COX has garnered several awards over the years as a corporation that cares about its customers, outstanding customer service and its community; so what better way to put this experience to good use than to create its own award focused on STEM, COX Connect2Stem Awards.  For the second year, COX in partnership with the AZ SciTech Festival, honors STEM Connectors in five areas:  business, non-profit, education, conservation and after school programs.  This prestigious award highlights and recognizes the STEM leaders in our community – and those who impact our future.


Throughout the years of the partnership between COX and AZ SciTech, as in any strong partnership, both reap benefits; but in this case, there is a silent partner, our community.  And because of COX and AZ SciTech joining forces, spectacular ideas, like the Chief Science Officers are created and developed; “…because of all that AZSciTech brings to our company and community, we are inspired to do more” said Muller.  It may surprise you just how much there is out there. 


And may the force, the STEM force, be with us!

1Doug Ducey

1Doug Ducey

PHOENIX – “In January, I stood in front of a joint legislature to deliver my priorities for this session – and key among them was a strong focus on career and technical education.

“Now, following a bipartisan – unanimous – vote in both chambers, we are one step closer to providing vital support for thousands of Arizona students while keeping a structurally-balanced budget.

“This victory is a high testament to what I’ve said since the beginning – we can be responsible with our budget while adding significant, real dollars to K-12 education.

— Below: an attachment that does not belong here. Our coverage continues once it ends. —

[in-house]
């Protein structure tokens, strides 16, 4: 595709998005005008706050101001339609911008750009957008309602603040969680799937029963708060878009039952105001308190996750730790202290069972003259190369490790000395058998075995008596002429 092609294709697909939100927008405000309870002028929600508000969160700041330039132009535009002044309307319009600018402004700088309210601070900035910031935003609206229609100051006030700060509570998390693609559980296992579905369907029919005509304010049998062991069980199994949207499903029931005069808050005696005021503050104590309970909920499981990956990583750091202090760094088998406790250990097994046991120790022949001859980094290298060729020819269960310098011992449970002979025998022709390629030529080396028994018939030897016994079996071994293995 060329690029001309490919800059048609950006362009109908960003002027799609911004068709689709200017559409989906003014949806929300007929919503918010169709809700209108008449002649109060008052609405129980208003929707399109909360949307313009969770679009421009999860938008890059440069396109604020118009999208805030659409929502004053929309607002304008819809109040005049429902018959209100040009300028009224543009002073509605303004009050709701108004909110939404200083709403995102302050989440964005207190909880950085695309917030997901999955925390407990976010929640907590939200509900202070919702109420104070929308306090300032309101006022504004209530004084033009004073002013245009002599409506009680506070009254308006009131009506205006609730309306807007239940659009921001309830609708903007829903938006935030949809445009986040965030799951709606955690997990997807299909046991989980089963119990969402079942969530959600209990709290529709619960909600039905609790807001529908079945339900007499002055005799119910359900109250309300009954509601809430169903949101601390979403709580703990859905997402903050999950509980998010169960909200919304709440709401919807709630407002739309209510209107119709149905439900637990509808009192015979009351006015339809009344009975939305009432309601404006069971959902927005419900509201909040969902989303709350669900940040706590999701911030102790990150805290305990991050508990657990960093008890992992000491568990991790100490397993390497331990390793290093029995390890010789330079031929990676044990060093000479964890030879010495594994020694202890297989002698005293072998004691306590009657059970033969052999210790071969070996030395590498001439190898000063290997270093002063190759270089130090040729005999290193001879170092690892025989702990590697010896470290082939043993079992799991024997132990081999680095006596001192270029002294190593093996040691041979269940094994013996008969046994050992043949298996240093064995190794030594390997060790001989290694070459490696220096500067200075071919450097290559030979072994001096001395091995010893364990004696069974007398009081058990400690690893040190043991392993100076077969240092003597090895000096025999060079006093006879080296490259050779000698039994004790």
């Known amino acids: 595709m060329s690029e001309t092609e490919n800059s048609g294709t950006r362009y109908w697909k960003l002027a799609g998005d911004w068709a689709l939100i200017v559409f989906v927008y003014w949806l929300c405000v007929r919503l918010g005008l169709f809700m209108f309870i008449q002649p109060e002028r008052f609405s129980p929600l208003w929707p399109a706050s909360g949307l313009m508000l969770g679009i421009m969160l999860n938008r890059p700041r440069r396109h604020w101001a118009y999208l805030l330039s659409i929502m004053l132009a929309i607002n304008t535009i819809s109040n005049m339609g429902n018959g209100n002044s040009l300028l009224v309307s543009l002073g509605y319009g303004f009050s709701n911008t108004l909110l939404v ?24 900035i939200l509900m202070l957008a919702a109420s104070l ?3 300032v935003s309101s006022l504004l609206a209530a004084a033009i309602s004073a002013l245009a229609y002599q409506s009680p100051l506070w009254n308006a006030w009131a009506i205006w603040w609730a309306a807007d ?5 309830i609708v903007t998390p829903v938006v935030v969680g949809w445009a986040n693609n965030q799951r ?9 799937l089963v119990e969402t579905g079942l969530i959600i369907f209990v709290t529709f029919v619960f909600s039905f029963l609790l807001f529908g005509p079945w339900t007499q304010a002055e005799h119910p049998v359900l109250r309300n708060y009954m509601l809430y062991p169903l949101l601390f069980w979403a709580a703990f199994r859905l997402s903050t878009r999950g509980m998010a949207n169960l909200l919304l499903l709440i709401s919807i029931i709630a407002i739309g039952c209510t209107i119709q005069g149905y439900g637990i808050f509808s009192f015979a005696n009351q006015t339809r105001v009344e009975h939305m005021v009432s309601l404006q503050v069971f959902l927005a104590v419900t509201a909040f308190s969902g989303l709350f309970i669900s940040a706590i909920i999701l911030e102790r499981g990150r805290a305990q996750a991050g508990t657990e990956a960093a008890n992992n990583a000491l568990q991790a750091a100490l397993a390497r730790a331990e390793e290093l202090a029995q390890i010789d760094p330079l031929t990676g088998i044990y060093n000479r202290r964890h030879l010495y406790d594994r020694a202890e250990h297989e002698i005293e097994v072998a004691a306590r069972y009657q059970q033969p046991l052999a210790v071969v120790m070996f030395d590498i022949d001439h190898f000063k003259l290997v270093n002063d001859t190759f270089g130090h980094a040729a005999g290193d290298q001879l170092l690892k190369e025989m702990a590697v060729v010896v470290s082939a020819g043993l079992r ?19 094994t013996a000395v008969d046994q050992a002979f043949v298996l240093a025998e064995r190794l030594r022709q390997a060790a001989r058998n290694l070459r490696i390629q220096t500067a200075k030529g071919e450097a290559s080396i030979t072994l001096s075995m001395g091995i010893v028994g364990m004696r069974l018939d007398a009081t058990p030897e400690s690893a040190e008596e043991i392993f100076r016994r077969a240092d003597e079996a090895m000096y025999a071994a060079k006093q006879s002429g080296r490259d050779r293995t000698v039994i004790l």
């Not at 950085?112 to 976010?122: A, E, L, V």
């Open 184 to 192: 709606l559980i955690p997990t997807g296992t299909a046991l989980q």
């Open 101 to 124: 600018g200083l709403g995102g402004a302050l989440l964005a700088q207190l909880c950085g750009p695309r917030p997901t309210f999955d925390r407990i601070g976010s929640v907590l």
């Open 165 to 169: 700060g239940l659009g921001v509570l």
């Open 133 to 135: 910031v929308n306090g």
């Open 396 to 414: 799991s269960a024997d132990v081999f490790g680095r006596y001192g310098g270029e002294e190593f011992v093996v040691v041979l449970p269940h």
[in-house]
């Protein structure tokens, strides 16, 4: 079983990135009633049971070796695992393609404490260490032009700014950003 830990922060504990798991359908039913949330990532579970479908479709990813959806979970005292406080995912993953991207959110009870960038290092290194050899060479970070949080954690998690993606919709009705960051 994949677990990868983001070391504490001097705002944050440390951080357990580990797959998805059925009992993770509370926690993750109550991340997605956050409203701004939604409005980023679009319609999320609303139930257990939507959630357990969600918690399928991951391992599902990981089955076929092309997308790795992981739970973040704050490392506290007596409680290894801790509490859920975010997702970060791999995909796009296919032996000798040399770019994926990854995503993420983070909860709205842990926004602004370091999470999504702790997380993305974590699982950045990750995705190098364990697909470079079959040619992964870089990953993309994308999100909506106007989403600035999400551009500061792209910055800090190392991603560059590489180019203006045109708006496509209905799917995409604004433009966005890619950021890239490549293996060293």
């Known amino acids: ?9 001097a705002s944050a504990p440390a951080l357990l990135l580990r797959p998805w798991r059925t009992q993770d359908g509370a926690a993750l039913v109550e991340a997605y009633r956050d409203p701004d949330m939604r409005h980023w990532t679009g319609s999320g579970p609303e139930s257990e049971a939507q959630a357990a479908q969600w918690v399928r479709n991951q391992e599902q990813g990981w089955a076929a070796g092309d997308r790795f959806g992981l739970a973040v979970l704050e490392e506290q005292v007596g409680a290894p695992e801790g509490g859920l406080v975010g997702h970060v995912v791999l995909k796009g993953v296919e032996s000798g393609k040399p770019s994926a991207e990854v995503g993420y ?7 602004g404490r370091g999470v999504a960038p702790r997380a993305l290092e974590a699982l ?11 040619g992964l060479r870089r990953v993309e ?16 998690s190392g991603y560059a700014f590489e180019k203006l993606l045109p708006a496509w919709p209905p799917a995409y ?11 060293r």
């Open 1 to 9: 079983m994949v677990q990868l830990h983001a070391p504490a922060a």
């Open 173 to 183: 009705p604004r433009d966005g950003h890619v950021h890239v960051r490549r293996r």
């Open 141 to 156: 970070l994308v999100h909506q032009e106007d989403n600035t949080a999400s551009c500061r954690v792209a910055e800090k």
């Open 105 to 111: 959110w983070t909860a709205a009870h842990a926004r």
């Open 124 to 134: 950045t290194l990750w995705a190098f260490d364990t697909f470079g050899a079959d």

“Over the past month, I’ve traveled the state corner to corner. I’ve met with education leaders, teachers, principals, parents and students. They share this commitment to ensuring that all Arizona students are prepared for life after high school graduation – whether college or career.

“To them, and to all Arizonans, I’m proud to say that the plan I signed today delivers. I thank our legislators – especially Speaker David Gowan and President Andy Biggs – for working swiftly and in good faith to put our kids first.”



For more information or assistance, contact Governor Ducey’s press office: 602-542-1342




What’s the connection? AZ SciTech Festival’s Partner Strong Ties, TURN UP FOR STEAM event – has it all and more!

A weekend filled with and fueled by STEAM. The 3-day event, with its overarching theme, the Science of Sound, is filled to the brim with ingenious innovations, new technology and hands on exhibits including games, coding and even a Coding Hackathon.

So much going on it’s almost impossible to choose – reserve the weekend, February 19, 20 and 21st and plan to attend the annual event at Phoenix College in the West valley area. And by the way, we hate to name drop, but the AZ SciTech Festival and its partners are known for their “pizzazz” and the guest list of those interacting with the students at Turn Up for STEAM is quite impressive; DISNEY STUDIOS, LaMar Queen of MusicNotes in LA and Black Poet Ventures from Phoenix (putting the “A- arts” in STEAM); GOOGLE AND GO DADDY!

Here’s an overview of the STEAMED UP weekend: